An Indiana school district knows how to stop the so-called phenomenon of school lunch shaming, which is when kids who haven't paid their bills can't get a full lunch: give all the students a free lunch.
Wayne Township School District began offering free lunches to students in 12 of its schools during the 2015-2016 school year, according to WTHR-TV.
"If your child owed any kind of money, they'd receive a peanut butter sandwich for lunch, and the first time that I saw a child crying with their head down, I said, ‘We're not going to do this anymore,'" assistant Superintendent Cheri O'Day Marcotte told WTHR.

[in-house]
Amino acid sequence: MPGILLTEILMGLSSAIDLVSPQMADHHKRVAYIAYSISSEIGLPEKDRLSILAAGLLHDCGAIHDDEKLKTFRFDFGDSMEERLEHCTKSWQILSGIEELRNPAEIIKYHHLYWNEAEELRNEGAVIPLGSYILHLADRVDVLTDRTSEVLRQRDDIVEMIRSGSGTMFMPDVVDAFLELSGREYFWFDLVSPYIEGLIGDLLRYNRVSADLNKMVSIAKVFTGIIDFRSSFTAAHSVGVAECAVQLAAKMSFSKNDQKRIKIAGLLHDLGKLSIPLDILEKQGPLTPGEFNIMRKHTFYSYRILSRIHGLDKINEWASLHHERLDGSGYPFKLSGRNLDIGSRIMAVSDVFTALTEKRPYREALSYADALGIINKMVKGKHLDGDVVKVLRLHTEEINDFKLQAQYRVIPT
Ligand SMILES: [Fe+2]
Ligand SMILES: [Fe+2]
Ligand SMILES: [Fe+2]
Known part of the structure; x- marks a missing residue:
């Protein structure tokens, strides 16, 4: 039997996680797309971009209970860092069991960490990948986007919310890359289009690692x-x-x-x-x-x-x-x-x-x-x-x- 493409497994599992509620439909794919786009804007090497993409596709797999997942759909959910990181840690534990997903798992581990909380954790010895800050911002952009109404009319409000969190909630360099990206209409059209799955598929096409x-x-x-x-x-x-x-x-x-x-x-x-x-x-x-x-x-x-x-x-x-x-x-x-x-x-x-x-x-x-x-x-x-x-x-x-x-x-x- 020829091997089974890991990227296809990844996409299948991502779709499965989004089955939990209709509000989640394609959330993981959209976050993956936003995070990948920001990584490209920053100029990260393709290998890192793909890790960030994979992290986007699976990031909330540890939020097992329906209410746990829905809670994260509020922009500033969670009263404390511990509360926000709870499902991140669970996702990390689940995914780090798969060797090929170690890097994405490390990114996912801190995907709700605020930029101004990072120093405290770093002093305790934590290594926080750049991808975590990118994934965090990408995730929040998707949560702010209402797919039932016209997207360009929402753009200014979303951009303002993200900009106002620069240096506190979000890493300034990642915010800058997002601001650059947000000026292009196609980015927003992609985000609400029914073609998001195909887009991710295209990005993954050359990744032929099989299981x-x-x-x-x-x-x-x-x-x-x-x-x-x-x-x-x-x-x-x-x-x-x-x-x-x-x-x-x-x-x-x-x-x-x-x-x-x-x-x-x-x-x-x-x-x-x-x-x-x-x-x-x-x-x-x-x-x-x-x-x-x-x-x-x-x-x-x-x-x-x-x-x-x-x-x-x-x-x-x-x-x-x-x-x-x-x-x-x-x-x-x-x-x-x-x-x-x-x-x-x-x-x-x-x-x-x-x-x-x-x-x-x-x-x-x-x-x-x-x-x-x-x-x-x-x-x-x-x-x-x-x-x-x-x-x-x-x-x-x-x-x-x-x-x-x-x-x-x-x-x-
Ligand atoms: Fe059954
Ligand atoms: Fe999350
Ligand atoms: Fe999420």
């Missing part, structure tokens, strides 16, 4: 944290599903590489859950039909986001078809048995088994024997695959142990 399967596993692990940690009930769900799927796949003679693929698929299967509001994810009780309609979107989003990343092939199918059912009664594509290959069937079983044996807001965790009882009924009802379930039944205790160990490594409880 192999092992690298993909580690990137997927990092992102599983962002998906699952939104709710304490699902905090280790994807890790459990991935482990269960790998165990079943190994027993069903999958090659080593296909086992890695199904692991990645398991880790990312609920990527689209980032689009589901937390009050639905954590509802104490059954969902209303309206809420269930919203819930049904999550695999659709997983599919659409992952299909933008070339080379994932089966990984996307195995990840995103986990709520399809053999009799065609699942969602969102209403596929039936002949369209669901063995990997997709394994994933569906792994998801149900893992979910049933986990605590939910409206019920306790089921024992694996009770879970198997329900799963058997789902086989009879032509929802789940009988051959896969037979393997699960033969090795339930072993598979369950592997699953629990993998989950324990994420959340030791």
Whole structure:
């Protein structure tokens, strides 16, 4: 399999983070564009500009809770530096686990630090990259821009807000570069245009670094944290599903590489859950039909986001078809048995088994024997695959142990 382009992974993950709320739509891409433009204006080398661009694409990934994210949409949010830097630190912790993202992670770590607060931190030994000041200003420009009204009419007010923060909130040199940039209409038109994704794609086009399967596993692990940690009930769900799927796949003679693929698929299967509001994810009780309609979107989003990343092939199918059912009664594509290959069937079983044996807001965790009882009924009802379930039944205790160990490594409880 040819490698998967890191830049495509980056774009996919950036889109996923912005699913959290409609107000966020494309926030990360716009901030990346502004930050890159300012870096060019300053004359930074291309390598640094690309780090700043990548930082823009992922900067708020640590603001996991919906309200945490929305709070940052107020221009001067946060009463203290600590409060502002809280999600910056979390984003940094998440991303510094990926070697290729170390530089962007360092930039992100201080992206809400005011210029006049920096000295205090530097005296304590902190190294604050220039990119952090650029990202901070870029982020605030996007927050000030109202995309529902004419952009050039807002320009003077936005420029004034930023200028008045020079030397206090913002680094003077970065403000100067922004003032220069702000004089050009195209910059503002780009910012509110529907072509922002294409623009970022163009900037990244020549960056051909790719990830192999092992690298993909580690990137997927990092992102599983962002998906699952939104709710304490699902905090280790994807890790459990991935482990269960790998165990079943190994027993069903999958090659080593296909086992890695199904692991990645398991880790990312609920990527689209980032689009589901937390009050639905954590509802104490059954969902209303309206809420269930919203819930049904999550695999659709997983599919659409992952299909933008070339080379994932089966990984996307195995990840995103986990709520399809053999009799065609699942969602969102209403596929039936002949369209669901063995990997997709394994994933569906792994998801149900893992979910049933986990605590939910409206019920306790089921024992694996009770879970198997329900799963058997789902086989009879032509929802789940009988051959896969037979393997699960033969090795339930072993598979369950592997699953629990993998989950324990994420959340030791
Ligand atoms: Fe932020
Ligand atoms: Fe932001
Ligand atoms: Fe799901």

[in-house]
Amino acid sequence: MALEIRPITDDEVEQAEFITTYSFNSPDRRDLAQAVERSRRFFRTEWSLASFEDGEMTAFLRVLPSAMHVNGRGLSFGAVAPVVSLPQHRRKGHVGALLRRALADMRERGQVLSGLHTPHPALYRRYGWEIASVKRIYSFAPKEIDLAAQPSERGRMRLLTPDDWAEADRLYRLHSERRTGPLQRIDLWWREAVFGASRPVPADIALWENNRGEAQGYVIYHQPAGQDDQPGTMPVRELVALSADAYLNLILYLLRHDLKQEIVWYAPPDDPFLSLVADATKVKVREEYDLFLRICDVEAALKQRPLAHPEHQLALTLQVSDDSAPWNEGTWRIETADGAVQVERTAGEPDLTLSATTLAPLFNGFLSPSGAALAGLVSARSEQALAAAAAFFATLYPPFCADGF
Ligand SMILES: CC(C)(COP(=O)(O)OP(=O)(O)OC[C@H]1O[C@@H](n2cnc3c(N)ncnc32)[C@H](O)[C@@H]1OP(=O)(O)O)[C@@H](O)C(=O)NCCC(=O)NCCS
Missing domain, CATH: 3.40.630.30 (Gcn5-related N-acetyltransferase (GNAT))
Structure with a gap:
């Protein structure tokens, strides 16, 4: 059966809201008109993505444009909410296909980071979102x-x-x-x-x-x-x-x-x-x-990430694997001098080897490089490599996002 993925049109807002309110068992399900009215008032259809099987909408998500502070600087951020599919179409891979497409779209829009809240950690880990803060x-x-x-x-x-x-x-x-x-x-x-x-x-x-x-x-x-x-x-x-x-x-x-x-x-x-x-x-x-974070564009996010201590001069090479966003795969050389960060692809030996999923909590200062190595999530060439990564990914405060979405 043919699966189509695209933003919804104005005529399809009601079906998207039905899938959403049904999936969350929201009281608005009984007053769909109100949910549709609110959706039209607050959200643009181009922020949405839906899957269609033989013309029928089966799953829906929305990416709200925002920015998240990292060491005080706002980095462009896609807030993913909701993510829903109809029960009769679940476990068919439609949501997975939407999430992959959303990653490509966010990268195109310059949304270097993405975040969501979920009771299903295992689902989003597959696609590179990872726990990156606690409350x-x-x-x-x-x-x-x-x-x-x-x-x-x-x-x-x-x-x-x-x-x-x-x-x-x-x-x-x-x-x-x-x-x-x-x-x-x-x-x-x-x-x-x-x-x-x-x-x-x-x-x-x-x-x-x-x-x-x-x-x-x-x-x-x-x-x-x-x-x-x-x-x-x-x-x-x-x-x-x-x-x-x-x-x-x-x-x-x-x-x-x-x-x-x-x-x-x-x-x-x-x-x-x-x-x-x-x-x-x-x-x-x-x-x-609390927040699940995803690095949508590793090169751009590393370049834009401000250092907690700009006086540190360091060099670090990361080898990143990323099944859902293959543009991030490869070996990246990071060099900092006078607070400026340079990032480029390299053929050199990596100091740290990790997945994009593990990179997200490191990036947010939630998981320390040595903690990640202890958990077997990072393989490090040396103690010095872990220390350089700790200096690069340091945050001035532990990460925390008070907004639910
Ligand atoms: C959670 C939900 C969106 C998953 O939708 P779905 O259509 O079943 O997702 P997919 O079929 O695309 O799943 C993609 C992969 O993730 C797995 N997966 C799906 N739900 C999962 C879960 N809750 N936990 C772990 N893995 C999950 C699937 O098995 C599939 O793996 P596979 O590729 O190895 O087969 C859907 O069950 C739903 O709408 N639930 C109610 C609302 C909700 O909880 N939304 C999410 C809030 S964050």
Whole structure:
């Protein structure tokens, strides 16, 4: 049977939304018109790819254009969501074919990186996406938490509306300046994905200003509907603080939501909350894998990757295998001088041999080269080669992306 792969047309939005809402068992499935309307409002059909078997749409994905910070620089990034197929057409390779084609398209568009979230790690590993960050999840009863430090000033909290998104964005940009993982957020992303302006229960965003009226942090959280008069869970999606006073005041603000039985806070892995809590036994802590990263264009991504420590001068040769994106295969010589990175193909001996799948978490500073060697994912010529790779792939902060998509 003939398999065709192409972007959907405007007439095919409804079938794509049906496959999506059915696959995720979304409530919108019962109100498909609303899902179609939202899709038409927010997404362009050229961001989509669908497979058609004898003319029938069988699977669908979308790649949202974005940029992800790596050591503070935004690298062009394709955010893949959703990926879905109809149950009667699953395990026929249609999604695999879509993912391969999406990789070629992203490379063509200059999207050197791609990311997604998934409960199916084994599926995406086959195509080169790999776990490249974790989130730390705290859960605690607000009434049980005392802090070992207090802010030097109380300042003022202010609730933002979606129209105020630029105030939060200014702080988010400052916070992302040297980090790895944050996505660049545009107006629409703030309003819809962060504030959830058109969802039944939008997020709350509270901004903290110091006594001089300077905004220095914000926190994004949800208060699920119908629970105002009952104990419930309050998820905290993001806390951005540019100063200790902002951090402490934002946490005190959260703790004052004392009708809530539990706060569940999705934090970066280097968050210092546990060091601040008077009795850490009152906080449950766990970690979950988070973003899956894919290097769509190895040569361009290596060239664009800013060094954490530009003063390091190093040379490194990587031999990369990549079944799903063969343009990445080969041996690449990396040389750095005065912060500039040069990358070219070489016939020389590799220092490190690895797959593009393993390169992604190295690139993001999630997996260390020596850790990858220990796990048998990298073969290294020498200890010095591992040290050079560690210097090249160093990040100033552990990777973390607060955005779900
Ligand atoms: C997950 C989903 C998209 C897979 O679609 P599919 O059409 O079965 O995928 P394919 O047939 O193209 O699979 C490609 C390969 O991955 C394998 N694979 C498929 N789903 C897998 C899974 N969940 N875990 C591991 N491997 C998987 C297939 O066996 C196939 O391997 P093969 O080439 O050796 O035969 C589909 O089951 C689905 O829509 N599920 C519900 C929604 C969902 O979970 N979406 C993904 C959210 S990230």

Officials thought the free lunch program was so successful, they expanded it to include the other six schools in the district this school year.
"I can't do it. I can't not feed kids," Marcotte told the news station.
"Bad experience in school leads to not liking school, not wanting to do well in school, not belonging, not fitting in. If you think of something negative that happened at your elementary school, and we all can, you carry that. If we can at least alleviate some of that for a child and make sure learning is able to happen, I don't know why we wouldn't do it."
The annual cost of the free lunch program for the 17,000 students in Wayne Township is just over $6 million. The district pays 14%, WTHR reported, while 86% of the students in the district qualify for free or reduced lunch, which is reimbursed to the district.
"I think about all the money that we spend, and what better way than feeding kids. Will the money run out? It could, but we think right now, with the money that's available, why not feed kids," Marcotte said.
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